Incidentally, even in that short time, when I’d written something very much like this, but hadn’t yet put it on my blog, I started seeing that this company had made advertising buys everywhere online. On Google, there would be their name on the template. It’s not like I get around so much, though I go to sites that are related, directly and indirectly, to grammar and ESL. But I’m saying, everywhere. I don’t know how much online advertising is going for these days, but these folks are truly investing in it. And that made me wonder: is it really possible that there’s a good return on this kind of investment? How many people are really going to plunk down regular kind of money for grammar software? And, does online advertising really generate that kind of business? I’m telling you, as far as I can tell, these folks really believe in online advertising.

The truth is, I have a sneaking suspicion that they want to harvest all that writing for some other kind of reason, much like the bookstore owner who knows he can’t make a living selling books, but doesn’t worry about money anyway, and just needs a store to hang around day in and day out, giving him/her a legitimate cover or the appearance of an occupation. This may sound totally implausible, and so be it; I have no real evidence that they’ve ever done anything except try to make good grammar software, try to make it useful for writers everywhere, and market it aggressively online, but somehow the whole picture didn’t add up, and I just couldn’t accept it for face value. I still can’t.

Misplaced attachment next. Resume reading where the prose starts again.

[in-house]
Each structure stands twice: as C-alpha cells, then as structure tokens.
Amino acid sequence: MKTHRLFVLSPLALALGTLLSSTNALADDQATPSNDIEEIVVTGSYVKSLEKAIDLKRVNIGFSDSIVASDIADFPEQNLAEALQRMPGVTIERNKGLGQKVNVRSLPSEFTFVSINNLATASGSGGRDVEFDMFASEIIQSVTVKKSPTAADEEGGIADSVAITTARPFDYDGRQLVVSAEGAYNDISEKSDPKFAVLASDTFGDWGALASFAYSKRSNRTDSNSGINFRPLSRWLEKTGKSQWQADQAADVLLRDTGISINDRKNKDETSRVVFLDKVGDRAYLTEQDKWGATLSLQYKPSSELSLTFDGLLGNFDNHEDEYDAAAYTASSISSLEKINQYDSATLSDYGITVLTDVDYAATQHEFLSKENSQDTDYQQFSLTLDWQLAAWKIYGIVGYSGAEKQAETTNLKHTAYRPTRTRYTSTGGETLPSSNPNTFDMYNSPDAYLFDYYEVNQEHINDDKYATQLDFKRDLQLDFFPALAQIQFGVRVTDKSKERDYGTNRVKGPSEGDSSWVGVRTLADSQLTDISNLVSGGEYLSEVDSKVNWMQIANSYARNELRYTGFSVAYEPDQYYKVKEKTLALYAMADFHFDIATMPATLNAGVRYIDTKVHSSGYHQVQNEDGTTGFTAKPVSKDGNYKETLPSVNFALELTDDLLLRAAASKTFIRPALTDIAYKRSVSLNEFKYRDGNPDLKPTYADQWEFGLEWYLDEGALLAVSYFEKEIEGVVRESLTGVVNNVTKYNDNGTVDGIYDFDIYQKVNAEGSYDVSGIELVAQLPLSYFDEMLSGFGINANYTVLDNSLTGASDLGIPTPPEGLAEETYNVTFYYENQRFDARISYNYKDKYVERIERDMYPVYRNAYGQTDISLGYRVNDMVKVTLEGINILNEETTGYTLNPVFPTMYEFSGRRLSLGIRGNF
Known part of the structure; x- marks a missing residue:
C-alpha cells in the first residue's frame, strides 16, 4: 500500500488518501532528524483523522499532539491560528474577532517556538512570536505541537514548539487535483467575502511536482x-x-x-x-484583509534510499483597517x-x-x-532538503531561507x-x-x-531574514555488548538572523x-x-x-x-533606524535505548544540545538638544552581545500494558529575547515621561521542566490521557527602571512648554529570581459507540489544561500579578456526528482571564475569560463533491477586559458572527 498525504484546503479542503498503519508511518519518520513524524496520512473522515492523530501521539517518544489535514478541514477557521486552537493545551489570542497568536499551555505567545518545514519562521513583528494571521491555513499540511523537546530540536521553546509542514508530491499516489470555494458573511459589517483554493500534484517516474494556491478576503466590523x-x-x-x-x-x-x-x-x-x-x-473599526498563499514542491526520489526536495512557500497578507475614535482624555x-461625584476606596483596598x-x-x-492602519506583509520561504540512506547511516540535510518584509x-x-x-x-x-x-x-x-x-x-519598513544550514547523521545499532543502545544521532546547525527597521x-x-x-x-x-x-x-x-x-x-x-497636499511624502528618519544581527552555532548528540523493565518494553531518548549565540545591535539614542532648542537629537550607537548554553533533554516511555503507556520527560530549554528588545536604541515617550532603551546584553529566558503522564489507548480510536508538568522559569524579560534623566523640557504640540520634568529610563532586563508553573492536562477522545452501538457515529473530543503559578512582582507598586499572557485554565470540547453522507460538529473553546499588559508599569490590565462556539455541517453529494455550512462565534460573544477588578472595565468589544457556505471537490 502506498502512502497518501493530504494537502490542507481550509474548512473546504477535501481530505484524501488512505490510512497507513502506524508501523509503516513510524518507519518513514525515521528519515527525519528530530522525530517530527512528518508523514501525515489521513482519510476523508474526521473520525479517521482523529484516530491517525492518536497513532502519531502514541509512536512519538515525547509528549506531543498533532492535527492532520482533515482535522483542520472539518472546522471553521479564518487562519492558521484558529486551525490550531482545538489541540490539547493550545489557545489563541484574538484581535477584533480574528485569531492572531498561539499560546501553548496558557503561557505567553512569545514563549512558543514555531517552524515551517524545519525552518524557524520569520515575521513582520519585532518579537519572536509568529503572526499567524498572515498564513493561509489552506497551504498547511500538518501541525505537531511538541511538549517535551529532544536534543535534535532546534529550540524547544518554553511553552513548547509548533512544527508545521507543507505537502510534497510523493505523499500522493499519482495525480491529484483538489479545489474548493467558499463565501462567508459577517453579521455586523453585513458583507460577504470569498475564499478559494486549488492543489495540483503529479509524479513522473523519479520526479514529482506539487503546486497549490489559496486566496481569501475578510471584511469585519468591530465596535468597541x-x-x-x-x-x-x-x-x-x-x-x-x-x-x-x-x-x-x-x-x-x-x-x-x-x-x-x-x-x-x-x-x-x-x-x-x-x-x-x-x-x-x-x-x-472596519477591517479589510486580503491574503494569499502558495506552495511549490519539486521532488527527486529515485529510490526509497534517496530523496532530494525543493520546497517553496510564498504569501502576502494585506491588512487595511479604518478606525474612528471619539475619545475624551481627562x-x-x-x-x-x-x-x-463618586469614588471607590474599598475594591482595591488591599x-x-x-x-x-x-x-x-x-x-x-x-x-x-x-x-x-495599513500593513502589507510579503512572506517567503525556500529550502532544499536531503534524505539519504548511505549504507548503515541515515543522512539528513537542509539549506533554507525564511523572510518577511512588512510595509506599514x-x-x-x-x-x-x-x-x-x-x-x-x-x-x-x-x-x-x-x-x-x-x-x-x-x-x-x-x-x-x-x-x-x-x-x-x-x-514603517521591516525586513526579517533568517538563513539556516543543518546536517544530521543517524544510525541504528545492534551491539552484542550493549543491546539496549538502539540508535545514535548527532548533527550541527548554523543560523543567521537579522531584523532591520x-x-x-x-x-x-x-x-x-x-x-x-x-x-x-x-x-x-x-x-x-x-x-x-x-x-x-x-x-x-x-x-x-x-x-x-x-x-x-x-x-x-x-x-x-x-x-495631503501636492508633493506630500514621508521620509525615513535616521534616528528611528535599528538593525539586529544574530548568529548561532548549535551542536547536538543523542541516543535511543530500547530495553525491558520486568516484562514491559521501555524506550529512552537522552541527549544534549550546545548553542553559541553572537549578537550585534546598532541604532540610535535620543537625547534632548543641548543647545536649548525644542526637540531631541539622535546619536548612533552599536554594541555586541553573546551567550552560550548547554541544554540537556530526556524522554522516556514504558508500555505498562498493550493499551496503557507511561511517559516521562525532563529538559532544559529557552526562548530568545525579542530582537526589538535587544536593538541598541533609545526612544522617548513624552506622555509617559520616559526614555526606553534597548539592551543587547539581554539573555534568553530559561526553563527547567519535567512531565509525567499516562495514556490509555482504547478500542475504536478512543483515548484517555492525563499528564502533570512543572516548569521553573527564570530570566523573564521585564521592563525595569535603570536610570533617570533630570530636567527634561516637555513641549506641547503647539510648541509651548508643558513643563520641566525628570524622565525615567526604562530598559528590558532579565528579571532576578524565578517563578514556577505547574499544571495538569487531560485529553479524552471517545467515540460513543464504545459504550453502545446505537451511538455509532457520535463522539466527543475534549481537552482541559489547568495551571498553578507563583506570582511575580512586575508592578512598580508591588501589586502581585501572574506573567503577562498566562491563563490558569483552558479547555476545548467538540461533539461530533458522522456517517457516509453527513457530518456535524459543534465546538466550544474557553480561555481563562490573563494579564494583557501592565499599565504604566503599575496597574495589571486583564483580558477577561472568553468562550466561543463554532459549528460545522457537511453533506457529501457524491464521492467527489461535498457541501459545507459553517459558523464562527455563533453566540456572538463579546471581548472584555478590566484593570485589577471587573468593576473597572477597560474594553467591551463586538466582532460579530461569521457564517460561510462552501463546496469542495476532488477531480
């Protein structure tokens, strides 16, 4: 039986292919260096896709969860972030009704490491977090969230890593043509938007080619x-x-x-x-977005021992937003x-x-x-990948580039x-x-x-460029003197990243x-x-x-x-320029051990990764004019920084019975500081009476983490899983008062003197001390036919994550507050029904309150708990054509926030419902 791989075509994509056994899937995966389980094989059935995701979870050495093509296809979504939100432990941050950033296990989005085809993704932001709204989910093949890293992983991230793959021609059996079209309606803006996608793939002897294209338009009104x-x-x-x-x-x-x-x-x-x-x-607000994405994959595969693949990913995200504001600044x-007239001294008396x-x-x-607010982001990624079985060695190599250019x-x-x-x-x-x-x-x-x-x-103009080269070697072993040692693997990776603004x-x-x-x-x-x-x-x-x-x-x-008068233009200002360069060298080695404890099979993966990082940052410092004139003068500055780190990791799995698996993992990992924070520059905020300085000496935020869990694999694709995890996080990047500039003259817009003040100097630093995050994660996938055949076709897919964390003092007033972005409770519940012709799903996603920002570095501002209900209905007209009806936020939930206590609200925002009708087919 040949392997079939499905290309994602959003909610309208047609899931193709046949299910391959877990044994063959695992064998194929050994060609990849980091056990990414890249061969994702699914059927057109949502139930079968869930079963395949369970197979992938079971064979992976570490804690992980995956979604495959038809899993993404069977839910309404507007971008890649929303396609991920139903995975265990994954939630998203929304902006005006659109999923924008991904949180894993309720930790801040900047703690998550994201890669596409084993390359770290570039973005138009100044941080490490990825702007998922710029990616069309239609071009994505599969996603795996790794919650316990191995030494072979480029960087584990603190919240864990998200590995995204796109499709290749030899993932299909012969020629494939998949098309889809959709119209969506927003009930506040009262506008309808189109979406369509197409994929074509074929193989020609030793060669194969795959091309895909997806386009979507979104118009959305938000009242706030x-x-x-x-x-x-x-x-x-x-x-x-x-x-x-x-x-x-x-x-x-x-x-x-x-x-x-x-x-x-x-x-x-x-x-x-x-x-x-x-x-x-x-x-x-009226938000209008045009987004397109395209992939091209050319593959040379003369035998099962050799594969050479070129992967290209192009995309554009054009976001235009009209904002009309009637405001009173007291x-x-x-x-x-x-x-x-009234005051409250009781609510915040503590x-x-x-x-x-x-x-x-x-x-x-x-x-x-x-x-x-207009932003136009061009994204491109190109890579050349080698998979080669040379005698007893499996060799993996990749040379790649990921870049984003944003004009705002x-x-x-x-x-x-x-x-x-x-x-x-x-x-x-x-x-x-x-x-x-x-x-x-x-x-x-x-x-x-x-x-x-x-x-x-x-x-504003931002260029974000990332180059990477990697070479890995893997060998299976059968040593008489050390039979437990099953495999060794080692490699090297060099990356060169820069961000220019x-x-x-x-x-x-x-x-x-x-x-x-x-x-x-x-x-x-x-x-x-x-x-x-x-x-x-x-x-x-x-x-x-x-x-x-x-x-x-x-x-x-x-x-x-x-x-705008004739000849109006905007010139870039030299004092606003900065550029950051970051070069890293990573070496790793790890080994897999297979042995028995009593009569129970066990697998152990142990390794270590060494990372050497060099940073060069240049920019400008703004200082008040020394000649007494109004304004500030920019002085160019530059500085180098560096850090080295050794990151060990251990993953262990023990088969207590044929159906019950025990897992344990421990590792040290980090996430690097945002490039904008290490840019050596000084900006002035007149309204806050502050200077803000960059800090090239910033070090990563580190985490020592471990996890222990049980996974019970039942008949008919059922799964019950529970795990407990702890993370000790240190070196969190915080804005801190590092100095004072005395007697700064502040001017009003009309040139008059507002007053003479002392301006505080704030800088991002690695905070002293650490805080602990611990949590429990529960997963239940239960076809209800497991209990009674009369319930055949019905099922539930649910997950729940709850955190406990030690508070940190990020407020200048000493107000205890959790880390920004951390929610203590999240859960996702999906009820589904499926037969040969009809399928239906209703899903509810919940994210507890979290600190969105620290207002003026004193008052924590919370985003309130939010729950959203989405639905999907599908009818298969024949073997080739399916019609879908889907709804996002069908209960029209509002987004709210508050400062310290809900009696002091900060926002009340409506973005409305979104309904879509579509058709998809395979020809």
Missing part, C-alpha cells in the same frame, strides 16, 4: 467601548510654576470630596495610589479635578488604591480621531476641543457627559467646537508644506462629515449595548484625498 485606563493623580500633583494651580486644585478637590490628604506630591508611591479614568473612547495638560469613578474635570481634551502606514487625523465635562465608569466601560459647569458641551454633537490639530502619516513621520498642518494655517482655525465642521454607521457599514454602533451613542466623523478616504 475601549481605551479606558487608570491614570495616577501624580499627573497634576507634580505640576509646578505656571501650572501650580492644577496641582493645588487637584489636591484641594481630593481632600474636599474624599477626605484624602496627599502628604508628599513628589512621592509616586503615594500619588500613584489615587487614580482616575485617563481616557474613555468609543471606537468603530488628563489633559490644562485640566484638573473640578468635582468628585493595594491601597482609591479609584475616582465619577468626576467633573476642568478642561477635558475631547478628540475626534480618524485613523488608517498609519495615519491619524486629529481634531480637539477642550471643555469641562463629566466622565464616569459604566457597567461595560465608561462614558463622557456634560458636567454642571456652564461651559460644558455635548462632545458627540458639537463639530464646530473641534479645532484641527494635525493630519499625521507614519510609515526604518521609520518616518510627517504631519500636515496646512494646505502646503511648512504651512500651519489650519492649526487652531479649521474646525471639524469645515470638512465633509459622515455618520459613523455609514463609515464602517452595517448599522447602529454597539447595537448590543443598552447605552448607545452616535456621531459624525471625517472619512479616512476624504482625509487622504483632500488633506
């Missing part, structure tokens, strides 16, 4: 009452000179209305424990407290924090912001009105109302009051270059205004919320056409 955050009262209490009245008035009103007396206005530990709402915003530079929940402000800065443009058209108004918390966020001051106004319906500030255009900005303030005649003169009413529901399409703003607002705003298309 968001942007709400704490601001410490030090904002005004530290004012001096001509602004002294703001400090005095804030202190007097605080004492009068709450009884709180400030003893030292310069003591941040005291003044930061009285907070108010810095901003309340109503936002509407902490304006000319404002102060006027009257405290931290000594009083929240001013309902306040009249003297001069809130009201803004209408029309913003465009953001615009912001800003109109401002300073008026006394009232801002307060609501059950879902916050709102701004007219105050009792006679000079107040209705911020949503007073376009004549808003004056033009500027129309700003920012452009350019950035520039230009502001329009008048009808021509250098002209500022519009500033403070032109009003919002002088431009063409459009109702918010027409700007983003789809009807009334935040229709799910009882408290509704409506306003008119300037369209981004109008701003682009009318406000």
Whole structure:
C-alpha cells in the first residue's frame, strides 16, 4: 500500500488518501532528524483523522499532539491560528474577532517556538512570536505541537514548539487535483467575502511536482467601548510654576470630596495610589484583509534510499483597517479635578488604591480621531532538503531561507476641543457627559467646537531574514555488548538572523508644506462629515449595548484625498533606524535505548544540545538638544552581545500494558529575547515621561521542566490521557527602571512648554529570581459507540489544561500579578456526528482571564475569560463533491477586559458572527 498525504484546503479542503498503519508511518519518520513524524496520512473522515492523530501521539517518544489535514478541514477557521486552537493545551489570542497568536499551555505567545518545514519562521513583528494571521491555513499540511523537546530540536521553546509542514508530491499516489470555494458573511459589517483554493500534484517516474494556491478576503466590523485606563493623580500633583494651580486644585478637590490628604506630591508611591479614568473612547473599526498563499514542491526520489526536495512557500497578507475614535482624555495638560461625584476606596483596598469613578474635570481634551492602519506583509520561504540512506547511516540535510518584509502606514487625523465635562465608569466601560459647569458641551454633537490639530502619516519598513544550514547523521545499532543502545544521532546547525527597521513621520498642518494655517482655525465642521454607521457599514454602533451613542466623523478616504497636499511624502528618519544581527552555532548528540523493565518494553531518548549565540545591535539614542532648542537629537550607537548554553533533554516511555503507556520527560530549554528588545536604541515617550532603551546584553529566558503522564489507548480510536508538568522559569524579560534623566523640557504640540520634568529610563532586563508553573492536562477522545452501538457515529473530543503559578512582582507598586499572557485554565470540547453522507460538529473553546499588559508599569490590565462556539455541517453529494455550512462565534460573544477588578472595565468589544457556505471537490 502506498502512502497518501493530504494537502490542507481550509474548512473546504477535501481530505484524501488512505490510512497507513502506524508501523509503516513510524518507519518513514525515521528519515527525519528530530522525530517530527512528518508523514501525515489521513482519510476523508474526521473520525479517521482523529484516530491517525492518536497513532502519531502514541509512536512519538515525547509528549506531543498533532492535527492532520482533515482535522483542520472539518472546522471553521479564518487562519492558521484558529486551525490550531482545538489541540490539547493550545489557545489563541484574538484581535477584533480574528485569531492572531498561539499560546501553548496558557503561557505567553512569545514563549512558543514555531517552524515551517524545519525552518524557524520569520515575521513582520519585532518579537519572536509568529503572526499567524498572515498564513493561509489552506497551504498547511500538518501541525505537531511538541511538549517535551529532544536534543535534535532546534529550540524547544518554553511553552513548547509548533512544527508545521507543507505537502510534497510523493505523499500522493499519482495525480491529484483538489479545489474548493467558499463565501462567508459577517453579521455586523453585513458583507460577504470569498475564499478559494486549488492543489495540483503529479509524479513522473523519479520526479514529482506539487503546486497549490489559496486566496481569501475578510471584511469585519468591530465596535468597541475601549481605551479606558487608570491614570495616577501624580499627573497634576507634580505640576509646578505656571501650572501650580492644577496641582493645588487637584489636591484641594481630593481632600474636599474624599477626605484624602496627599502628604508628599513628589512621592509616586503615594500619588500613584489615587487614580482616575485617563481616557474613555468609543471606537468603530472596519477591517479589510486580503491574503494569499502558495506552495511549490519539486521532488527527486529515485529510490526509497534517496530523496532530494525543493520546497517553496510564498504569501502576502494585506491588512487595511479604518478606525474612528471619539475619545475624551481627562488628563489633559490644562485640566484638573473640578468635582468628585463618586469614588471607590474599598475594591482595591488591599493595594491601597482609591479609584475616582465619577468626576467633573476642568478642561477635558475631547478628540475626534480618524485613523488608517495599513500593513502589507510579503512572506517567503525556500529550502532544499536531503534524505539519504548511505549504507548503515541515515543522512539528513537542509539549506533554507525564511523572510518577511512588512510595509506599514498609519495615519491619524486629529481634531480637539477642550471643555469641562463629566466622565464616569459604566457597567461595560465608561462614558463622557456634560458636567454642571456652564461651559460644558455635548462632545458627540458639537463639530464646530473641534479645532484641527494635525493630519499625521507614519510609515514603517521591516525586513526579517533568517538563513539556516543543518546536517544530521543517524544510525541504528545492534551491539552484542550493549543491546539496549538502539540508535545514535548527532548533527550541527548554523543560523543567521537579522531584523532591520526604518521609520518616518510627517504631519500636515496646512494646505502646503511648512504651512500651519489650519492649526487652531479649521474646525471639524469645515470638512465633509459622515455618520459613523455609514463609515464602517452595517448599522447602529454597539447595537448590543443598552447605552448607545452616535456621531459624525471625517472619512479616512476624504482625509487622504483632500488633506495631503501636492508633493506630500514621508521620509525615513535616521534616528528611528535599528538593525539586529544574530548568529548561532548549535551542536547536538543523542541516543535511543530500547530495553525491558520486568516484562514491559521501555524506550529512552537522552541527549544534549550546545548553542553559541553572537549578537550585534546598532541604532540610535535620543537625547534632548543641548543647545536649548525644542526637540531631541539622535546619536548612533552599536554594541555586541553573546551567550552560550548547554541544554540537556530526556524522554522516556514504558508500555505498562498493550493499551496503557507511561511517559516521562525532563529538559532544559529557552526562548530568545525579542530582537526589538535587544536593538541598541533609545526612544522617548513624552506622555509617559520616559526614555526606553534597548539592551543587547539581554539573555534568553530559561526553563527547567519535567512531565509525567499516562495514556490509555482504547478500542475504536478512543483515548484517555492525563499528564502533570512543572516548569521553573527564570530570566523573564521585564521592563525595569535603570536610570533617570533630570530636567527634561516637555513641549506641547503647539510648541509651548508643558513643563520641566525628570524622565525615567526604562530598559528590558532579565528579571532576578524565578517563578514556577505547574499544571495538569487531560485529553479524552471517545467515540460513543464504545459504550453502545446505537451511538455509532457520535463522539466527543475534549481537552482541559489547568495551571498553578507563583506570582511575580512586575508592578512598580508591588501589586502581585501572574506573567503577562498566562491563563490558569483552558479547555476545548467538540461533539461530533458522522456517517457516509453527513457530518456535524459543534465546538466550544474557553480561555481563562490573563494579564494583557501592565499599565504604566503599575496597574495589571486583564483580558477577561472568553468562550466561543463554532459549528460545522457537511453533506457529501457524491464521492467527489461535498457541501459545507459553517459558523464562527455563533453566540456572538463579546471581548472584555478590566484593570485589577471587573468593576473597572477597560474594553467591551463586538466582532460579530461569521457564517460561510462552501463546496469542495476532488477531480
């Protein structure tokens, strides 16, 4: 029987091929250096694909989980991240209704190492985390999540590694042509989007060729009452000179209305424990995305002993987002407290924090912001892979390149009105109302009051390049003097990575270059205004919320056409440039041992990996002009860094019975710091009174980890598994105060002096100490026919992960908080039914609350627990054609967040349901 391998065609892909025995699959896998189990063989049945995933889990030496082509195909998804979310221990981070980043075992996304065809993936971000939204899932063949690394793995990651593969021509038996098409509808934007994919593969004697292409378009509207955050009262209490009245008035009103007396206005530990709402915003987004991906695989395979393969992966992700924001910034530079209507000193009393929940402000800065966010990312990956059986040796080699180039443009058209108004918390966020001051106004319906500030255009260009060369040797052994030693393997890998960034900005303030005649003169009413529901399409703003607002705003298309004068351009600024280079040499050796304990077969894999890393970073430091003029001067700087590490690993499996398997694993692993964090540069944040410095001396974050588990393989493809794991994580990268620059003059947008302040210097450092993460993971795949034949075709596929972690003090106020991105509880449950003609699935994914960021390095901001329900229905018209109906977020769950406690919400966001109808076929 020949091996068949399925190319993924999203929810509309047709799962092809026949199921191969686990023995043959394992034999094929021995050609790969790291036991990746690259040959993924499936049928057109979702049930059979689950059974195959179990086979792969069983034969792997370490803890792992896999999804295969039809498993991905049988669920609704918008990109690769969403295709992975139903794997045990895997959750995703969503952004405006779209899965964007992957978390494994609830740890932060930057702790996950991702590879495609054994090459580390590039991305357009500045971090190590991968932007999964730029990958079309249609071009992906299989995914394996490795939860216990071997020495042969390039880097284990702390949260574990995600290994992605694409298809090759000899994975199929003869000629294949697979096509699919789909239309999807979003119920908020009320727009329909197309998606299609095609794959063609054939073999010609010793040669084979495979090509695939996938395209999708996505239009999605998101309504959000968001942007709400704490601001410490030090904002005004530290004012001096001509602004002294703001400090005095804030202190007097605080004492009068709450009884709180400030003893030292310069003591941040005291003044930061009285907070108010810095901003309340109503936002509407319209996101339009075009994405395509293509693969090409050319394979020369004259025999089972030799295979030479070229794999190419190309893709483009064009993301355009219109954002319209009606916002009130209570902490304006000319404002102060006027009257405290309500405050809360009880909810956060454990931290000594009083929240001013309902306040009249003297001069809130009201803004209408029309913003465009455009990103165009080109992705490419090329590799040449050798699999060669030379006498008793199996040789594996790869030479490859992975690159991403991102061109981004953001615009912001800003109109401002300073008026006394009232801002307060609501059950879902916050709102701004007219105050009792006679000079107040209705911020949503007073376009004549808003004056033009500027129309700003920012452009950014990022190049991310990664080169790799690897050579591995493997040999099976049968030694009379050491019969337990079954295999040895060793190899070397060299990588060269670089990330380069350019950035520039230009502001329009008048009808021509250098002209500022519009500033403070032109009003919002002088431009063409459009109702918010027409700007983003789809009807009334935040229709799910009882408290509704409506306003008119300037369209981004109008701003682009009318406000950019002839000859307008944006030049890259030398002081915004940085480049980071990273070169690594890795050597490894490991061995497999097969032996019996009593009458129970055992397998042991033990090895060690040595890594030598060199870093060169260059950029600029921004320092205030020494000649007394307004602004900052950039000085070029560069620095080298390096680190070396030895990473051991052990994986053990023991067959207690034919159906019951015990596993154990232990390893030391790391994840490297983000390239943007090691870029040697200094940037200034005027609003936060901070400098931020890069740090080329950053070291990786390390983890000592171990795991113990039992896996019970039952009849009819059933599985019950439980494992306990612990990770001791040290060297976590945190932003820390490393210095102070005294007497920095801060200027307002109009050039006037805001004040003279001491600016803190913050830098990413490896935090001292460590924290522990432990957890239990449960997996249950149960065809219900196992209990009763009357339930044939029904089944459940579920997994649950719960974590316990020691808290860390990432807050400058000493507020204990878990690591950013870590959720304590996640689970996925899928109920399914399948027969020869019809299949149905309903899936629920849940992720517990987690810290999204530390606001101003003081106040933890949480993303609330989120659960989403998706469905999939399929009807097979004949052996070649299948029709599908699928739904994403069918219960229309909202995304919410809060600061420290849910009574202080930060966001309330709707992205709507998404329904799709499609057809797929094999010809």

In the end, I found it impossible to say nothing about what was happening out there. The fact is, the ESL market is probably an insignificant chunk of the business they want; my blog attracts few other people besides a few ESL teachers (and possibly my own students and former students); I’m sure I’m not the only “authority” they approached; they’re getting plenty of hits even without me; and, if they get the lion’s share of the grammar software market right now while the gettin’s good (so to speak), this might be a very shrewd and timely investment. But, in the end, I have to admit that I don’t have a clue. I am not ready to make an endorsement, for or against anything; I couldn’t even bring myself to use it. I don’t really need a Kindle, all that badly, in fact, you can get Kindle apps that turn your computer into a Kindle and give you everything a Kindle could give you. Now that I’m retiring, I may have time to actually use a Kindle or something like it. But I have nothing, nothing to say about my own process of using grammar software when I write. I don’t. I do, however, keep my eyes on the red and green lines, as everyone should, and I have more than passing concern about what happens to the English language as a result.